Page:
Dealing with Montgomery County’s real estate growth is not an easy challenge. There is an alphabet soup of agencies and programs: the ICC (Inter-County Connector), MTA (Maryland Transit Administration), MSHA (Maryland State Highway Administration), MDOT (Maryland Department of Transportation). If you are thinking about moving to Montgomery County, you need to take into account development and transit plans.
One of the key programs on the drawing board to deal with the expected increase in homes in Montgomery County is the CCT – Corridor Cities Transitway, combining ETL’s (express toll lanes), LRT (light rail transit), and BRT (bus rapid transit) as an extension of the Metro subway Red Line. There is debate as to which of these is preferable.
Since the 1980’s this transit system – the I-270/US 15 Multi-Modal Corridor Study has been identified as part of Montgomery County’s planning goals. It was set up to analyze Frederick and Montgomery Counties most congested areas and the goal was to find solutions to ease the congestion along the 30 mile stretch from US 15 to I-270 at Shady Grove Metro. Solutions and options range from highway improvements, BRT and LRT, as well at ETL’s on I-270 at 370 up to Rt. 80 in Frederick
All proposed ETL’s, BRT’s and LRT’s will be managed lanes – separate from regular traffic lanes.
As more and more homes are being built in Clarksburg, this proposal has taken on more urgency. The proposal covers 14 miles extending from Shady Grove Metro to Clarksburg, with planned stops at King Farm, Crown Farm, Quince Orchard Park, NIST, Metropolitan Grove, Germantown and Clarksburg. The Gaithersburg Science City, now known as the Great Seneca Science Corridor Master Plan, depends on this plan to alleviate traffic concerns in the Gaithersburg and Rockville areas.
In 2008, MTA estimated that the CCT ridership could be 26,000-30,000 on an average workday in 2030. Some studies have shown an incredible growth in Montgomery County housing development in 2030. Work continues on planned development along the corridor so that the right of way remains protected and consistent with adopted master plans.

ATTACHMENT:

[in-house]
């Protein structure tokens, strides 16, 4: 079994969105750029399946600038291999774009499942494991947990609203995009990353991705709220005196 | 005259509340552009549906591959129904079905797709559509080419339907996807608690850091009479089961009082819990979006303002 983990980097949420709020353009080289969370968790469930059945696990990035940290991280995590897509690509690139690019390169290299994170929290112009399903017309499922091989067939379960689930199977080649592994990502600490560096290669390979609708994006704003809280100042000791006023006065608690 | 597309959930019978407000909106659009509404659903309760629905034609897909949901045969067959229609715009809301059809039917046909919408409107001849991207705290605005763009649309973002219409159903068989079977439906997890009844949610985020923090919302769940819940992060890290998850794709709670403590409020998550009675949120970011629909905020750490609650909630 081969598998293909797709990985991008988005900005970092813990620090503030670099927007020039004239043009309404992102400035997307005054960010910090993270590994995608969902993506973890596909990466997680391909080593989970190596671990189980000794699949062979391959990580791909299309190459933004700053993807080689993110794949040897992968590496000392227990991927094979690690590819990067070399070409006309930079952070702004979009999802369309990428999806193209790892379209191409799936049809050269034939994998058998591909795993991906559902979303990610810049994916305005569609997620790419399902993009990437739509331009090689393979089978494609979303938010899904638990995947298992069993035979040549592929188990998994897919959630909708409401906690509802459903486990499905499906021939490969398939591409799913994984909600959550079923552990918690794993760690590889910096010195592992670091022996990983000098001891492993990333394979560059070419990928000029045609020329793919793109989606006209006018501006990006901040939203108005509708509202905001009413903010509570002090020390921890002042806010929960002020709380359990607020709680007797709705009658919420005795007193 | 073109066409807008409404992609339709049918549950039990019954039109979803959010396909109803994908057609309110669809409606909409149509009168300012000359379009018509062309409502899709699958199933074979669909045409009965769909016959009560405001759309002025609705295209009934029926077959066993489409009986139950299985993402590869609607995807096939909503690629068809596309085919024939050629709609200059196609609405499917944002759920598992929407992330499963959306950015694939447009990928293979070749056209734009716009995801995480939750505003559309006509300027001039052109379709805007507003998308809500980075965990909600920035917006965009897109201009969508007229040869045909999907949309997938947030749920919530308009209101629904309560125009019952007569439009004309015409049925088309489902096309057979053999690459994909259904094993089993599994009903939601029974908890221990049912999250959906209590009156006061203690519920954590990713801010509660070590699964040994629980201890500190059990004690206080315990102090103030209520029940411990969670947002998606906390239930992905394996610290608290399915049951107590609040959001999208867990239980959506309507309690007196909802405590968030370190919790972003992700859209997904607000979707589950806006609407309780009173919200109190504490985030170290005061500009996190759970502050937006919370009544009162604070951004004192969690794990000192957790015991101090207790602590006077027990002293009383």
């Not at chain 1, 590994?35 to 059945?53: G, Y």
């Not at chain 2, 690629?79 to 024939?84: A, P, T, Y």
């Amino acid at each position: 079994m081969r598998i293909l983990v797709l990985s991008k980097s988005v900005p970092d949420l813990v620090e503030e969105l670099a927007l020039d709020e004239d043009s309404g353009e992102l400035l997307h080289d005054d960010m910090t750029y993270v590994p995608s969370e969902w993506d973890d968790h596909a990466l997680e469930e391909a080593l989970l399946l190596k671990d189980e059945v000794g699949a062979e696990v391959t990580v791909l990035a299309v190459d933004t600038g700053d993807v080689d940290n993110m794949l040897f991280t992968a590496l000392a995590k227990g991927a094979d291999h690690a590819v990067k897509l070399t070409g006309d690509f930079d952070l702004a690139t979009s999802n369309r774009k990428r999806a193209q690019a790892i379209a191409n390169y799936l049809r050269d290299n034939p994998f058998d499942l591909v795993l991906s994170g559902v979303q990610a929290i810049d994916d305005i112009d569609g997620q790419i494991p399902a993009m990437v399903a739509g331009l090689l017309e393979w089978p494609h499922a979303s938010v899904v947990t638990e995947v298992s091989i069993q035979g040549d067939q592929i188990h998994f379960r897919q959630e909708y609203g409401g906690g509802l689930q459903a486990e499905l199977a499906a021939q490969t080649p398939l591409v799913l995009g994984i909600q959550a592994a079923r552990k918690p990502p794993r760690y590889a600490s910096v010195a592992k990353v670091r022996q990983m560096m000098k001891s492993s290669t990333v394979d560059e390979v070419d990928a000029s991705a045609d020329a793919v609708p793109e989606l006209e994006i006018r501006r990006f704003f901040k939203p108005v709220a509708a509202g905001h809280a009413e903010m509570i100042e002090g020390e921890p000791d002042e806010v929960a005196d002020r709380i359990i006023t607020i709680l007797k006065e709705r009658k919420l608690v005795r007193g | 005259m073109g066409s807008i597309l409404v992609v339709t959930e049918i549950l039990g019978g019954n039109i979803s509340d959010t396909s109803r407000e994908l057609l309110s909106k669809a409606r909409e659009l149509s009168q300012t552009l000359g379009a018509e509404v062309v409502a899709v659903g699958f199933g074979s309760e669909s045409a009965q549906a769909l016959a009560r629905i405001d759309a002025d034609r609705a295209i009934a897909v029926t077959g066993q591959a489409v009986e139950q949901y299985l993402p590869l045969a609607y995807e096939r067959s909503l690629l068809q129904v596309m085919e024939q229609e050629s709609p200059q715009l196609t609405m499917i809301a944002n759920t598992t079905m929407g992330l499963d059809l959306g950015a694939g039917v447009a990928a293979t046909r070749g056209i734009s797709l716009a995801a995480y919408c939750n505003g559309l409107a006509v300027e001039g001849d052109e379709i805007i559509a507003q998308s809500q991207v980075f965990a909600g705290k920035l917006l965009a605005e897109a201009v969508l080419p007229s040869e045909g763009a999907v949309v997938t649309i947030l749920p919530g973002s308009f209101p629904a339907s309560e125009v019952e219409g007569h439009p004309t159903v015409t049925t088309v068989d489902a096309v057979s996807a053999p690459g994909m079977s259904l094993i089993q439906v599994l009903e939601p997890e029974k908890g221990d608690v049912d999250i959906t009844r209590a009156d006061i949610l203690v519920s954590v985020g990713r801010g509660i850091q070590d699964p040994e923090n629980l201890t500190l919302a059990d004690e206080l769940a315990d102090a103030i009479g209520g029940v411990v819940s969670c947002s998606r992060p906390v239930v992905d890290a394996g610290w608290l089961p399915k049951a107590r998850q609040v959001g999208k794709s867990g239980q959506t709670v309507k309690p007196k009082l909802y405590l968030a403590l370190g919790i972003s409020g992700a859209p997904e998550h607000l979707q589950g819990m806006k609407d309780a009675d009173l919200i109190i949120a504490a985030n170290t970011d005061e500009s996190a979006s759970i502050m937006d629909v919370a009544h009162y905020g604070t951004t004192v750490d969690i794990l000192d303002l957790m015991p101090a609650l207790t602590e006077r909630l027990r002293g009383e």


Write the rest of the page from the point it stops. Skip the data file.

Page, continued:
The MTA is examining the feasibility and impact of changing the proposed alignment to better serve the Life Sciences area of Gaithersburg West.
About the Author: Bob Myers, Re/Max Realty Services has been a Realtor in Montgomery County since 1986.
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Moving forward and more on the Corridor Cities Transitway…..
Though never considered a problem under federal law, the environmental impact of the CCT was required to be analyzed. According to a new state study, the routing of the proposed CCT would have a minor impact on the environment, partially due to the fact that the buses or trains would be traveling in the middle of existing roads. The impact on the natural environment and wildlife habitat would be minor, since the area is already built up.
The Maryland Transit Authority recently reviewed the route changes to better serve the new developments of Crown Farm and Science City, west of I-270 near Shady Grove, and putting a station closer to the Kentlands.
Justifying construction of a new station hinges on the future plans of Science City in Gaithersburg. Science City, also known as the Great Seneca Science Corridor Master Plan, is slated to triple the jobs in the area, as well as resulting in approximately 9000 new housing units. Now the caveat – much of Science City development depends on having the transitway built first.
Plans to ease congestion on I-270 are also in the works: new interchanges to accommodate future widening, adding lanes and adding express toll lanes.
A light rail between Bethesda and New Carrollton (purple line) is now under construction.